This time of year is filled with low-quality holiday movies from streamers. These films are poorly made and poorly written, making it difficult to sit through them without a lot of holiday cheer. It’s been 20 years since the release of Will Ferrell’s comedy, as well as Love Actually and Bad Santa. They all remind us of a special time for holiday films, each earning a spot for easy rewatching when November arrives.
It’s obviously, stupidly unfair to compare any of Netflix’s many many low-stakes films of the season to those beloved standouts, but while Best. Christmas. Ever! was never intended to be quite as good, it really doesn’t need to be quite this bad. Shoddy seasonal slop had been previously siloed on Hallmark and Lifetime channels, for those who had become accustomed to reduced standards all year round, but Netflix has enthusiastically got in on the game too, and while its brand has lost considerable lustre in recent years, it’s still the same platform that attracts small and big screen auteurs with a vision. Nestled next to the new David Fincher, again expectations would not be as high for a comedy headlined by Heather Graham, but it’s easy to forget throughout the rest of the year just how lackadaisical and low-rent these films can be, lofty comparison or no, from script to direction to performances. Arguably the most important role in these films is set dresser, jamming every scene with enough decorations to distract from the listlessness elsewhere, but no amount of tinsel can disguise how boringly tossed off this one is, a bleak reminder of what’s in store for the next six weeks.
The film is barely considered a movie at less than 80 minutes, instead feeling like a long montage of short scenes that lack definition. This is surprising, as the film’s script was co-written by Charles Shyer, known for his successful work on popular studio comedies such as Private Benjamin, Father of the Bride, Baby Boom, and The Parent Trap. Unfortunately, the film lacks any of the wit or skill that Shyer is known for, aimlessly telling the story of two old friends reuniting during the holiday season.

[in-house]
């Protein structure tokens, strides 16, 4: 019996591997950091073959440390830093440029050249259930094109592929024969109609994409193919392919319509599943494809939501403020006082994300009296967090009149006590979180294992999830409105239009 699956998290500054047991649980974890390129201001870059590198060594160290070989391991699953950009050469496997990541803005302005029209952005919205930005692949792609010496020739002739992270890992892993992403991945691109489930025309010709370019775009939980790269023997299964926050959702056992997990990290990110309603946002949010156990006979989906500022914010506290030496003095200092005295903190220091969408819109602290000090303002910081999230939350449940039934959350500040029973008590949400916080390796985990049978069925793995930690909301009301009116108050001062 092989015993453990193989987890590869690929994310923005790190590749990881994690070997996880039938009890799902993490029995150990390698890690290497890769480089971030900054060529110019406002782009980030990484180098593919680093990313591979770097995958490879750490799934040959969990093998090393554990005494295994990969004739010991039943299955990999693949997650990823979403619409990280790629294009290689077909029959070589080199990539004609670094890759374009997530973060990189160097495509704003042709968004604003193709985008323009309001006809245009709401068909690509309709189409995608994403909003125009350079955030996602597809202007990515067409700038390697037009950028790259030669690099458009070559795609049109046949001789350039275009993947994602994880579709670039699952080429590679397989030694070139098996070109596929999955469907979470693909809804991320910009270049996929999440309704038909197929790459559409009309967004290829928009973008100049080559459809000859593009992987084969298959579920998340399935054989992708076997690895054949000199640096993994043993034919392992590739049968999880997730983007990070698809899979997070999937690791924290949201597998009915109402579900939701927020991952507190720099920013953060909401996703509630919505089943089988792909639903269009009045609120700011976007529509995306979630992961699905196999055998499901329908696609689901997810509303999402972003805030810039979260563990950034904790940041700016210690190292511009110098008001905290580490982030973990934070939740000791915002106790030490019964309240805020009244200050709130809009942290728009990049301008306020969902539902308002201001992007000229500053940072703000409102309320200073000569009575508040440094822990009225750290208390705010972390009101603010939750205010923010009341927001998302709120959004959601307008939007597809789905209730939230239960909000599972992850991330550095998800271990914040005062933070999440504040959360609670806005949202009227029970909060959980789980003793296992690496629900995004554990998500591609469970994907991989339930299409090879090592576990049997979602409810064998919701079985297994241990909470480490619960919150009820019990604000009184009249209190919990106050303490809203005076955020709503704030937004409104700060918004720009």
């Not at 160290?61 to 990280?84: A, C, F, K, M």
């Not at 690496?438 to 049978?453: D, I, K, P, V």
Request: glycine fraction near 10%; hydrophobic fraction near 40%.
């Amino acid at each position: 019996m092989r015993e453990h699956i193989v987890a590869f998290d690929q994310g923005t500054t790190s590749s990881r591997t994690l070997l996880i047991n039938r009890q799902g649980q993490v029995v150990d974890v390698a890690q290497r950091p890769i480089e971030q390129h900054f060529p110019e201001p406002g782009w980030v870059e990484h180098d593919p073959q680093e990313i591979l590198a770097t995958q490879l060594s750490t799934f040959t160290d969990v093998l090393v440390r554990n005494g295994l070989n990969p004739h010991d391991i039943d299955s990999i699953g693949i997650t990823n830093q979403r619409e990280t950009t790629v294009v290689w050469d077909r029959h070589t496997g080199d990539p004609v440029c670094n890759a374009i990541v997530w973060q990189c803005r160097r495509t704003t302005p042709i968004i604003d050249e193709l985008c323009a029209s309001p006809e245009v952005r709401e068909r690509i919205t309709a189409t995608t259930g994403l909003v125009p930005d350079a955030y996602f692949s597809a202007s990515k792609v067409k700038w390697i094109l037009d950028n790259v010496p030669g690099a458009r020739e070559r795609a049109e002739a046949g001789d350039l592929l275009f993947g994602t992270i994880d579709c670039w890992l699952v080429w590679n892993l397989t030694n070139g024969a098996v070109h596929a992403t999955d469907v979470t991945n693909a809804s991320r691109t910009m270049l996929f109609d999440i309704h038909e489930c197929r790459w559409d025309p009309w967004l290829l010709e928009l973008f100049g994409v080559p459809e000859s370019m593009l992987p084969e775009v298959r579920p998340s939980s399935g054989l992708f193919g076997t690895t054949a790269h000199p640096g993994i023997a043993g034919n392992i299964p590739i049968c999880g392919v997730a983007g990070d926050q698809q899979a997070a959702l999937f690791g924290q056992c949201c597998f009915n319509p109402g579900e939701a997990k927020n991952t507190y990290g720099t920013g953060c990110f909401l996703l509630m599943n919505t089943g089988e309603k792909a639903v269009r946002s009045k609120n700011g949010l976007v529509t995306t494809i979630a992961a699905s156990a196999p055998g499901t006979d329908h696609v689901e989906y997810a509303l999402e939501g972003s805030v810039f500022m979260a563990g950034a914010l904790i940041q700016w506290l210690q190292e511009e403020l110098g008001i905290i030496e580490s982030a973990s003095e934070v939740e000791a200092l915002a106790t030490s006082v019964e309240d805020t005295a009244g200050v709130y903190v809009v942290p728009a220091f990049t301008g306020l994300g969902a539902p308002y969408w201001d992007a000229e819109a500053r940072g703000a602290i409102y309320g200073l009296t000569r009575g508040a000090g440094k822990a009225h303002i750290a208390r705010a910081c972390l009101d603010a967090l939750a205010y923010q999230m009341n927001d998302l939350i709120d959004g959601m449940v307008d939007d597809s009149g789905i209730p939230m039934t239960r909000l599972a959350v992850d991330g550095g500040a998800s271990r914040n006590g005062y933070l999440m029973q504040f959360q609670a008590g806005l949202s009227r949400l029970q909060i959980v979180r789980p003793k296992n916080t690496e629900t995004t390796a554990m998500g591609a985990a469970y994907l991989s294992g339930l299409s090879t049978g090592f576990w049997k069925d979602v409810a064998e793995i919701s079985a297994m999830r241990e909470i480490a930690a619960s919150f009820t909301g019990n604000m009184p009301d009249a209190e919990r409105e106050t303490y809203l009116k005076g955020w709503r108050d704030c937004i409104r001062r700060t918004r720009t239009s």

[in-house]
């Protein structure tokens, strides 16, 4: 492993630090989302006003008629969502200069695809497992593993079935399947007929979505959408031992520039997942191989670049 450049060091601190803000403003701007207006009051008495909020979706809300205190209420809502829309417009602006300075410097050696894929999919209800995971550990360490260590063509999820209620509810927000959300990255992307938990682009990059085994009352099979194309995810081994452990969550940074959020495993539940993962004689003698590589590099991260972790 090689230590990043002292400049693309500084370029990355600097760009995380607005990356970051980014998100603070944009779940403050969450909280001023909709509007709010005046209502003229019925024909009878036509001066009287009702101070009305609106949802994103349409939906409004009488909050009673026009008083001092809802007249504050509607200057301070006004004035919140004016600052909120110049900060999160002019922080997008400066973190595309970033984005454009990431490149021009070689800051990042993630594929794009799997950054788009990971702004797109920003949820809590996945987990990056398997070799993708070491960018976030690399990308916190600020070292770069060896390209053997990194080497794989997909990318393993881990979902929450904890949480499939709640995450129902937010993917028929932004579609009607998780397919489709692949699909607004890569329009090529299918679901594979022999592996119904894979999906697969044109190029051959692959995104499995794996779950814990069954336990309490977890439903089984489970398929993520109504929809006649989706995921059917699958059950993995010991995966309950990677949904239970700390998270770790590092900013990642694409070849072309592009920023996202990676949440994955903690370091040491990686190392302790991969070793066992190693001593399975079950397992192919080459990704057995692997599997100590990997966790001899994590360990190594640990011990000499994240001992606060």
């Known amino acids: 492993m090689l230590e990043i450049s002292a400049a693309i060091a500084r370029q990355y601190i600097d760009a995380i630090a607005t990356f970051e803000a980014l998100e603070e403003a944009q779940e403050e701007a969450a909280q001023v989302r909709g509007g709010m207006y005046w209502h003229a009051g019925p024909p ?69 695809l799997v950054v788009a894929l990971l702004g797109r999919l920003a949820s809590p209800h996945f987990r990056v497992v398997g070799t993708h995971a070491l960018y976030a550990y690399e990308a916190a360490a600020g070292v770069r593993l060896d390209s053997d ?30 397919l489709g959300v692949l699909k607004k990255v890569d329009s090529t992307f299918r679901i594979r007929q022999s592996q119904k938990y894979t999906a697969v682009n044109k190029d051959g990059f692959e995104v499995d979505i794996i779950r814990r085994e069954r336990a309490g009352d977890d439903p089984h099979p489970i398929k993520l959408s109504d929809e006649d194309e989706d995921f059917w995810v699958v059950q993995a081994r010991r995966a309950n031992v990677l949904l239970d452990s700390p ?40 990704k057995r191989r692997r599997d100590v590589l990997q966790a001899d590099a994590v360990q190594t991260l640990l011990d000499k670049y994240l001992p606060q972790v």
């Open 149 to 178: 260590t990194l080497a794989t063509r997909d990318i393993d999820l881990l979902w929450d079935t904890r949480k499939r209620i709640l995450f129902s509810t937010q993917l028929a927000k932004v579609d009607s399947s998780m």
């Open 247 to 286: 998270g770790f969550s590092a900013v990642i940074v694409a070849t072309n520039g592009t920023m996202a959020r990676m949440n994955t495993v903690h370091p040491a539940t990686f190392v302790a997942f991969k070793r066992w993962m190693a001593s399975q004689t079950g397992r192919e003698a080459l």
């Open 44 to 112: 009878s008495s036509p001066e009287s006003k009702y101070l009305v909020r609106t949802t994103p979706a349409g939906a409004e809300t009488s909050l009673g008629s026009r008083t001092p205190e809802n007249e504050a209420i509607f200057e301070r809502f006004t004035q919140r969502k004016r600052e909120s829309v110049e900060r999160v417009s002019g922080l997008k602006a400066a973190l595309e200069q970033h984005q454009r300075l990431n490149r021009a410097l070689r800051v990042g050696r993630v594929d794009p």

Brandy Norwood has a reputation of being an unstoppable success, while Graham is known as a self-proclaimed failure. Graham often feels inferior and doubtful due to Brandy’s boastful Christmas newsletters. However, when they are unexpectedly brought together for the holiday, their competition reaches its peak.
This premise suggests a mixture of both salty and sweet elements, but the film, directed by Mary Lambert of “Pet Sematary,” is lackluster and unengaging. It fails to embrace its potential for dark comedy and instead becomes a sickly family movie with contrived life lessons and overly sentimental child characters. The lack of depth in the plot prevents the two main characters from fully embracing their roles and instead leaves them stuck in a monotonous state. Unfortunately, even the talented Graham struggles to bring any lightness to her comedic scenes. The script also fails to establish a clear dynamic between the two main characters and instead relies on vague romantic conflicts involving their husbands (including a lost Jason Biggs). The focus should have been on the women, but the film misses the mark by trying to create tension through unnecessary jealousy.
The final act of the movie takes a strange turn, as the ridiculous elements of the story escalate to the point where the film could be considered “so bad it’s good.” The main characters find themselves in a dire situation, riding in an uncontrollable hot air balloon powered by solar energy. Graham, who is a failed inventor, has a chance to save the day with his underutilized talent, but it may be too little, too late. His past failed invention, “chip mitts” that protect hands from Cheetos dust, is not enough to make up for the lackluster moments leading up to this chaotic climax.
This could potentially be the initial Christmas movie from Netflix this year, but it’s difficult to envision it being any worse.
The highly anticipated holiday movie “Best. Christmas. Ever!” is now streaming on Netflix.